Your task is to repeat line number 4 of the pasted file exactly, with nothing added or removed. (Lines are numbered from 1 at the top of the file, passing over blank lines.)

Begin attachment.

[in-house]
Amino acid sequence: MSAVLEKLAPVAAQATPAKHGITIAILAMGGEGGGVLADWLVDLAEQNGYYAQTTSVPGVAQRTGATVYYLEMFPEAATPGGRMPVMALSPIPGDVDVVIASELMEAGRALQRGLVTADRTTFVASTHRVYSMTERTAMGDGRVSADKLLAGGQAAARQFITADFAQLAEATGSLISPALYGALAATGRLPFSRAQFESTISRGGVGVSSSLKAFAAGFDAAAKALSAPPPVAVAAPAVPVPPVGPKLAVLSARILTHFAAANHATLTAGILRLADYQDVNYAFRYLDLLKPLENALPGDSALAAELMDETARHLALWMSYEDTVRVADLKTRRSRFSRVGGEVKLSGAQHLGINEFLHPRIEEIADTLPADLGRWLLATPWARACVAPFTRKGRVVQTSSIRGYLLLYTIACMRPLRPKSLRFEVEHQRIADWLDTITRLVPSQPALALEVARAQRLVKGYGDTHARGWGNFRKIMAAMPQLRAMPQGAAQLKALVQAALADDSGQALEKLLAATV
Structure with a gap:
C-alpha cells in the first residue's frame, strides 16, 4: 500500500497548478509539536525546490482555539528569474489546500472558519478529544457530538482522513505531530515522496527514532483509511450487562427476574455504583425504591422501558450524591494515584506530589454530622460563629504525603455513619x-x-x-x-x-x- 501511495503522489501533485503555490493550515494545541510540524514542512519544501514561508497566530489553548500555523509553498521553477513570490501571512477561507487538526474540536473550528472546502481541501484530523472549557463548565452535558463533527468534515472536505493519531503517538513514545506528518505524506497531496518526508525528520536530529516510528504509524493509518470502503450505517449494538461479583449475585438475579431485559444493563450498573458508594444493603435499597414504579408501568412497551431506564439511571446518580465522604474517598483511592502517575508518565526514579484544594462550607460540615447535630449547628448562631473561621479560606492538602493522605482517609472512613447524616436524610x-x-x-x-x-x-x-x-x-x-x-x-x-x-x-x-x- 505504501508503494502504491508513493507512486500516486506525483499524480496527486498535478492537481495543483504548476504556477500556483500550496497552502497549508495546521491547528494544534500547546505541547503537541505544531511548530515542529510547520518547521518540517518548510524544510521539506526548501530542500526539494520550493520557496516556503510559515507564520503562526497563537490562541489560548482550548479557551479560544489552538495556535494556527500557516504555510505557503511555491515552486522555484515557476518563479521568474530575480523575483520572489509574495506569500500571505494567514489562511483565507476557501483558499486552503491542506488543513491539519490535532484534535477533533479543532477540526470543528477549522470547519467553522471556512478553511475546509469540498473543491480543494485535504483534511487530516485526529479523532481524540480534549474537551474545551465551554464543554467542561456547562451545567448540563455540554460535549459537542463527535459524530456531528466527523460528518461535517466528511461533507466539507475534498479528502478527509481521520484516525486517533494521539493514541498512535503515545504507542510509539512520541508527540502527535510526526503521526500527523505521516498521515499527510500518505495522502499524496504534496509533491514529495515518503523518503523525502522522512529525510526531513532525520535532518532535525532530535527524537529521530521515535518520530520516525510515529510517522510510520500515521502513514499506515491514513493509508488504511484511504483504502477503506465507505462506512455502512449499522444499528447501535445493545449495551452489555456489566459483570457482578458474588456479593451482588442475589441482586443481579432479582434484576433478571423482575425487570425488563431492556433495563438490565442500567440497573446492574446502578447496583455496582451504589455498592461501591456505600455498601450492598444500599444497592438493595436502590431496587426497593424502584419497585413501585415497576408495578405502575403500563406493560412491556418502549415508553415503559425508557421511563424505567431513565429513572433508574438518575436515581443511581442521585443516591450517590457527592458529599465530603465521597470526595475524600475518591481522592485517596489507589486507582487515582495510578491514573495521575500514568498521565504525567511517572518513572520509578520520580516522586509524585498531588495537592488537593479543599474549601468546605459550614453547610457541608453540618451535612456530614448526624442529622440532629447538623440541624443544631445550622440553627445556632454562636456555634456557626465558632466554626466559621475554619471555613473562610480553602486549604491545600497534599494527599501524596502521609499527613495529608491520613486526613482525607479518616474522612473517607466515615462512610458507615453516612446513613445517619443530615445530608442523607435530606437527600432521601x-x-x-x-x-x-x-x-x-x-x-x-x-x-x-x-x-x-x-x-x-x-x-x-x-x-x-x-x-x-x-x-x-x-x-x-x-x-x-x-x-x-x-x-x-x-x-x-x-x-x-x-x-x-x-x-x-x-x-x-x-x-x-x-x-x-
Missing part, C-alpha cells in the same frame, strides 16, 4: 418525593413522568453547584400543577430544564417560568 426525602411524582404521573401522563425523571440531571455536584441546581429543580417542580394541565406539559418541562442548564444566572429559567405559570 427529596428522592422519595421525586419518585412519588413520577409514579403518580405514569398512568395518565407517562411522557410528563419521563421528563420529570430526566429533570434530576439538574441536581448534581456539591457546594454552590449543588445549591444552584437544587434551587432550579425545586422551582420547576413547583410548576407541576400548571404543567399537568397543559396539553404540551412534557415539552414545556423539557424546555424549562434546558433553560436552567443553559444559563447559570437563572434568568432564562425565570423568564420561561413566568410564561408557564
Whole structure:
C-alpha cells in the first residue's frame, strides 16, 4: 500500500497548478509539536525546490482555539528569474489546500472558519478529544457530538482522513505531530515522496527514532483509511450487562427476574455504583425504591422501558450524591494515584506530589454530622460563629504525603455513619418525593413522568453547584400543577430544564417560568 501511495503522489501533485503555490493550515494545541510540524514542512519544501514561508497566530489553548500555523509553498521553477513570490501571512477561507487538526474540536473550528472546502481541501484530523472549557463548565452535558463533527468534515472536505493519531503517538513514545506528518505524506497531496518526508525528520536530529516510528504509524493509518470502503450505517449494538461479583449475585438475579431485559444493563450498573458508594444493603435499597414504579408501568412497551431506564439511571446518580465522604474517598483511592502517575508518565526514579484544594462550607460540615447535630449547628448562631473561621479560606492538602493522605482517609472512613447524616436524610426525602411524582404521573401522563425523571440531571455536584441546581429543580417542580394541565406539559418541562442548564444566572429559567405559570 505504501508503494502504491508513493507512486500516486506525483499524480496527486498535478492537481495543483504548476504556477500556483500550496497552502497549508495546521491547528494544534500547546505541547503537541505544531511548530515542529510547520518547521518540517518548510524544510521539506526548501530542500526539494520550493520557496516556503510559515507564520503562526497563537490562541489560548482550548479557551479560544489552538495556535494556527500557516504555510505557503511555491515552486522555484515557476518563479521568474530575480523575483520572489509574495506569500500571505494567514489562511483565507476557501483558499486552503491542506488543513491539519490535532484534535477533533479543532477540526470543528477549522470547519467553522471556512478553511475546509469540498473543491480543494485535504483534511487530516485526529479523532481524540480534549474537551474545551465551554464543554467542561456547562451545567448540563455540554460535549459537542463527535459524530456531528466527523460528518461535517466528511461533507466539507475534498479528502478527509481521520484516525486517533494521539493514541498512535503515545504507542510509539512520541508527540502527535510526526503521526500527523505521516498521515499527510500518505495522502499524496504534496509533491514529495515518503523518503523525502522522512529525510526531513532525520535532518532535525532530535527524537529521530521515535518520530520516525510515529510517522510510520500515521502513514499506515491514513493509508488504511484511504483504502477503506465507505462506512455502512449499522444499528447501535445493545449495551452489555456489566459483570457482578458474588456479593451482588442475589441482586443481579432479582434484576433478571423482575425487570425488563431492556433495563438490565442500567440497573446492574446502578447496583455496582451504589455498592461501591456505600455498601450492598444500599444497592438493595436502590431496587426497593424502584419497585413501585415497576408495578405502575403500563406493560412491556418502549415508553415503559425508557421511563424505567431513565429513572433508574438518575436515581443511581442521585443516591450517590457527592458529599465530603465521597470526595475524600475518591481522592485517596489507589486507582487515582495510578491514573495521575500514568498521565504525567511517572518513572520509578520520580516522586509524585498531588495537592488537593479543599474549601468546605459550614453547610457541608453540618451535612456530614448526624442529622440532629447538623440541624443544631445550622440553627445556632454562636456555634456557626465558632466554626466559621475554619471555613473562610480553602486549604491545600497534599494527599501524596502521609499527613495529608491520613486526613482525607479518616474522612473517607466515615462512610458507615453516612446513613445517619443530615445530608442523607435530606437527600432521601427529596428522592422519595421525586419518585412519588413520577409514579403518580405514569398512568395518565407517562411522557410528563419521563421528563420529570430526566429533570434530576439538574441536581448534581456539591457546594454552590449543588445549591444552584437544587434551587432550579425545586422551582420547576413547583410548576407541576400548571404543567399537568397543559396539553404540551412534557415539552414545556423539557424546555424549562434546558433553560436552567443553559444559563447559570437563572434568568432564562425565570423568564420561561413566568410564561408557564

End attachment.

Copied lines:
C-alpha cells in the first residue's frame, strides 16, 4: 500500500497548478509539536525546490482555539528569474489546500472558519478529544457530538482522513505531530515522496527514532483509511450487562427476574455504583425504591422501558450524591494515584506530589454530622460563629504525603455513619x-x-x-x-x-x- 501511495503522489501533485503555490493550515494545541510540524514542512519544501514561508497566530489553548500555523509553498521553477513570490501571512477561507487538526474540536473550528472546502481541501484530523472549557463548565452535558463533527468534515472536505493519531503517538513514545506528518505524506497531496518526508525528520536530529516510528504509524493509518470502503450505517449494538461479583449475585438475579431485559444493563450498573458508594444493603435499597414504579408501568412497551431506564439511571446518580465522604474517598483511592502517575508518565526514579484544594462550607460540615447535630449547628448562631473561621479560606492538602493522605482517609472512613447524616436524610x-x-x-x-x-x-x-x-x-x-x-x-x-x-x-x-x- 505504501508503494502504491508513493507512486500516486506525483499524480496527486498535478492537481495543483504548476504556477500556483500550496497552502497549508495546521491547528494544534500547546505541547503537541505544531511548530515542529510547520518547521518540517518548510524544510521539506526548501530542500526539494520550493520557496516556503510559515507564520503562526497563537490562541489560548482550548479557551479560544489552538495556535494556527500557516504555510505557503511555491515552486522555484515557476518563479521568474530575480523575483520572489509574495506569500500571505494567514489562511483565507476557501483558499486552503491542506488543513491539519490535532484534535477533533479543532477540526470543528477549522470547519467553522471556512478553511475546509469540498473543491480543494485535504483534511487530516485526529479523532481524540480534549474537551474545551465551554464543554467542561456547562451545567448540563455540554460535549459537542463527535459524530456531528466527523460528518461535517466528511461533507466539507475534498479528502478527509481521520484516525486517533494521539493514541498512535503515545504507542510509539512520541508527540502527535510526526503521526500527523505521516498521515499527510500518505495522502499524496504534496509533491514529495515518503523518503523525502522522512529525510526531513532525520535532518532535525532530535527524537529521530521515535518520530520516525510515529510517522510510520500515521502513514499506515491514513493509508488504511484511504483504502477503506465507505462506512455502512449499522444499528447501535445493545449495551452489555456489566459483570457482578458474588456479593451482588442475589441482586443481579432479582434484576433478571423482575425487570425488563431492556433495563438490565442500567440497573446492574446502578447496583455496582451504589455498592461501591456505600455498601450492598444500599444497592438493595436502590431496587426497593424502584419497585413501585415497576408495578405502575403500563406493560412491556418502549415508553415503559425508557421511563424505567431513565429513572433508574438518575436515581443511581442521585443516591450517590457527592458529599465530603465521597470526595475524600475518591481522592485517596489507589486507582487515582495510578491514573495521575500514568498521565504525567511517572518513572520509578520520580516522586509524585498531588495537592488537593479543599474549601468546605459550614453547610457541608453540618451535612456530614448526624442529622440532629447538623440541624443544631445550622440553627445556632454562636456555634456557626465558632466554626466559621475554619471555613473562610480553602486549604491545600497534599494527599501524596502521609499527613495529608491520613486526613482525607479518616474522612473517607466515615462512610458507615453516612446513613445517619443530615445530608442523607435530606437527600432521601x-x-x-x-x-x-x-x-x-x-x-x-x-x-x-x-x-x-x-x-x-x-x-x-x-x-x-x-x-x-x-x-x-x-x-x-x-x-x-x-x-x-x-x-x-x-x-x-x-x-x-x-x-x-x-x-x-x-x-x-x-x-x-x-x-x-